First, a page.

Currently Enrolling Trials
Mirapex (pramipexole dihydrochloride) - 2 Indications
Scroll down for more information on each indication:
- for the treatment of Parkinson’s Disease; approved June 1997
- for the treatment of restless legs syndrome; approved November 2006
Mirapex (pramipexole) is a non-ergot D3 dopamine agonist.
Mirapex is specifically indicated:
- for the treatment of Parkinson's disease
- for the treatment of moderate-to-severe primary Restless Legs Syndrome
Mirapex is supplied as tablets are taken orally, with or without food. Scroll own for recommended dosing/administration for each indication.
Mechanism of Action
Pramipexole is a non-ergot dopamine agonist with high relative in vitro specificity and full intrinsic activity at the D2 subfamily of dopamine receptors, binding with higher affinity to D3 than to D2 or D4 receptor subtypes.
Parkinson’s Disease: The precise mechanism of action of pramipexole as a treatment for Parkinson's disease is unknown, although it is believed to be related to its ability to stimulate dopamine receptors in the striatum.
Restless Legs Syndrome (RLS): The precise mechanism of action of MIRAPEX tablets as a treatment for RLS is unknown. Although the pathophysiology of RLS is largely unknown, neuropharmacological evidence suggests primary dopaminergic system involvement. Positron Emission Tomographic (PET) studies suggest that a mild striatal presynaptic dopaminergic dysfunction may be involved in the pathogenesis of RLS.
Adverse effects associated with the use of Mirapex may include, but are not limited to, the following:
Indication 1 - for the treatment of Parkinson’s Disease
approved June 1997
In all clinical studies, dosage was initiated at a subtherapeutic level to avoid intolerable adverse effects and orthostatic hypotension. Mirapex tablets should be titrated gradually in all patients. The dose should be increased to achieve a maximum therapeutic effect, balanced against the principal side effects of dyskinesia, hallucinations, somnolence, and dry mouth.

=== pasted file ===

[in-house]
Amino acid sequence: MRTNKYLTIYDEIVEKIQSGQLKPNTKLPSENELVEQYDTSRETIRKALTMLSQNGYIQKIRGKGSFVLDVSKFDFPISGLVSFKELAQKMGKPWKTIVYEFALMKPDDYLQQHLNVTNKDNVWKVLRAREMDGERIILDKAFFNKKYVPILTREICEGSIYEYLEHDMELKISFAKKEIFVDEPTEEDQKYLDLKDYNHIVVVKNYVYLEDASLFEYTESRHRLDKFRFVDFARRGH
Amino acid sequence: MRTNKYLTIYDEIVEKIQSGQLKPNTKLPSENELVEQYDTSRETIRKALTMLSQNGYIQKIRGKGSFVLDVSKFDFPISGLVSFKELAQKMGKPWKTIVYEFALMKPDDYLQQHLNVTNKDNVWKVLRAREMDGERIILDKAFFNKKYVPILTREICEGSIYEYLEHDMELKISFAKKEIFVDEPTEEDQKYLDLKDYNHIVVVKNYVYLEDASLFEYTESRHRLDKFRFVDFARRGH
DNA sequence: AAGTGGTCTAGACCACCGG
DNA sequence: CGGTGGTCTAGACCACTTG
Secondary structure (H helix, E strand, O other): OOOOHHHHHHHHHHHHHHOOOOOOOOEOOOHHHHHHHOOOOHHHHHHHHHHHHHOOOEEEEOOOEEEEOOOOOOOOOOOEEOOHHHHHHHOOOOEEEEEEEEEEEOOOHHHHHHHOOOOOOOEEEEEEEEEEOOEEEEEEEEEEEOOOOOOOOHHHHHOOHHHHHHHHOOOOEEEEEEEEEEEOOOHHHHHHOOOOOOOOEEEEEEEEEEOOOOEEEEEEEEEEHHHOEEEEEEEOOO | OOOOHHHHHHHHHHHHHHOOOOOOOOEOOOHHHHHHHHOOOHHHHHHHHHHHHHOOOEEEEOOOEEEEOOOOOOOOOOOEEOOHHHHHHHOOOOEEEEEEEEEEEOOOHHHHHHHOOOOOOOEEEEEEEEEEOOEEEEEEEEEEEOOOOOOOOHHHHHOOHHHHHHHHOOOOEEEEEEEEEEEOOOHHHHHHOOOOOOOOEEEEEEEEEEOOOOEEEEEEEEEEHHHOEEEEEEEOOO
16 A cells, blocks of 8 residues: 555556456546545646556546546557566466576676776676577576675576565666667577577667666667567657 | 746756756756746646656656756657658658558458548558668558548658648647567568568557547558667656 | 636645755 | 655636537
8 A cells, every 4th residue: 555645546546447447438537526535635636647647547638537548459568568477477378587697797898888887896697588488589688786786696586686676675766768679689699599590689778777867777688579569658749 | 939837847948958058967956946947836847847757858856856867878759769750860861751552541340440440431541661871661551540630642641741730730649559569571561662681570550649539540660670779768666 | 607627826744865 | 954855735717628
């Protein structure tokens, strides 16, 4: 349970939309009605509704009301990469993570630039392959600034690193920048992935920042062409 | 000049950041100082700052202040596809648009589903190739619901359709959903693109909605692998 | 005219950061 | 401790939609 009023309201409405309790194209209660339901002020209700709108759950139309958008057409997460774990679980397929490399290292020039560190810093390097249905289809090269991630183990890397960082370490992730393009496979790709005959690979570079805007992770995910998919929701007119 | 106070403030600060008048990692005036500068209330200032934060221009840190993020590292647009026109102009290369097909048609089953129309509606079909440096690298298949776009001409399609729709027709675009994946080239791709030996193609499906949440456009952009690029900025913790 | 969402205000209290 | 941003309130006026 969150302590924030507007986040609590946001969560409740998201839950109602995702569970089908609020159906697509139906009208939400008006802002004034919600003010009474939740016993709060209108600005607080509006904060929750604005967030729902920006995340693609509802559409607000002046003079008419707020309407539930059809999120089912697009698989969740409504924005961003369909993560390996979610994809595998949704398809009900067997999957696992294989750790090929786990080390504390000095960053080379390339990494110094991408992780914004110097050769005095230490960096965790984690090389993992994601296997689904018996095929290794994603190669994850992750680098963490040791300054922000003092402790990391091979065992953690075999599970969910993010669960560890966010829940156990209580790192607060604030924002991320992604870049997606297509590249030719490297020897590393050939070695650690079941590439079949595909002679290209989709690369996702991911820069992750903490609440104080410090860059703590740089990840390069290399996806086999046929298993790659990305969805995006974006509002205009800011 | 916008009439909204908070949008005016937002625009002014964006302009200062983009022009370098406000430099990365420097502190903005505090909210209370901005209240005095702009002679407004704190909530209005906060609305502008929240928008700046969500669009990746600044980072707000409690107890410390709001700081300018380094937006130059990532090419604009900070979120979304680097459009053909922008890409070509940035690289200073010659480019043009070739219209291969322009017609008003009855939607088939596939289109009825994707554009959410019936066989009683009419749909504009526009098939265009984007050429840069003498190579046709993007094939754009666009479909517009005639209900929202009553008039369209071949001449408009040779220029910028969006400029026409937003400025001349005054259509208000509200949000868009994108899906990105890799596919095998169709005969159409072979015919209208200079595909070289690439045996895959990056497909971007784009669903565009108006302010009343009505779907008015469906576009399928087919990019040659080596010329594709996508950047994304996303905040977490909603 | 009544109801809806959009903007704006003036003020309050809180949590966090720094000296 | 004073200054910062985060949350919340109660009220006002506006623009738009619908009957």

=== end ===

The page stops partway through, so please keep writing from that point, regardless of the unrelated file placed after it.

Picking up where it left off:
Dosing in Patients with Normal Renal Function:
Initial Treatment: Doses should be increased gradually from a starting dose of 0.375 mg/day given in three divided doses and should not be increased more frequently than every 5 to 7 days.
Maintenance Treatment: Mirapex tablets were effective and well tolerated over a dosage range of 1.5 to 4.5 mg/day administered in equally divided doses three times per day with or without concomitant levodopa (approximately 800 mg/day).
Discontinuation of Treatment: Mirapex tablets may be tapered off at a rate of 0.75 mg per day until the daily dose has been reduced to 0.75 mg. Thereafter, the dose may be reduced by 0.375 mg per day.
Clinical Trial Results
Efficacy was demonstrated in patients with early Parkinson’s disease who were not receiving concomitant levodopa therapy as well as in patients with advanced disease on concomitant levodopa. In a pivotal study in advanced Parkinson’s patients receiving levodopa, pramipexole reduced off hours from six hours per day to four hours per day. After a six-month maintenance period, symptom scores, as assessed by the Unified Parkinson’s Disease Rating Scale for daily living decreased by 2.7 points on a scale from zero to 52 in the pramipexole group, compared to 0.5 for the placebo.
Indication 2 - for the treatment of restless legs syndrome
approved November 2006
The recommended starting dose of Mirapex tablets is 0.125 mg taken once daily 2-3 hours before bedtime. For patients requiring additional symptomatic relief, the dose may be increased every 4-7 days
Clinical Trial Results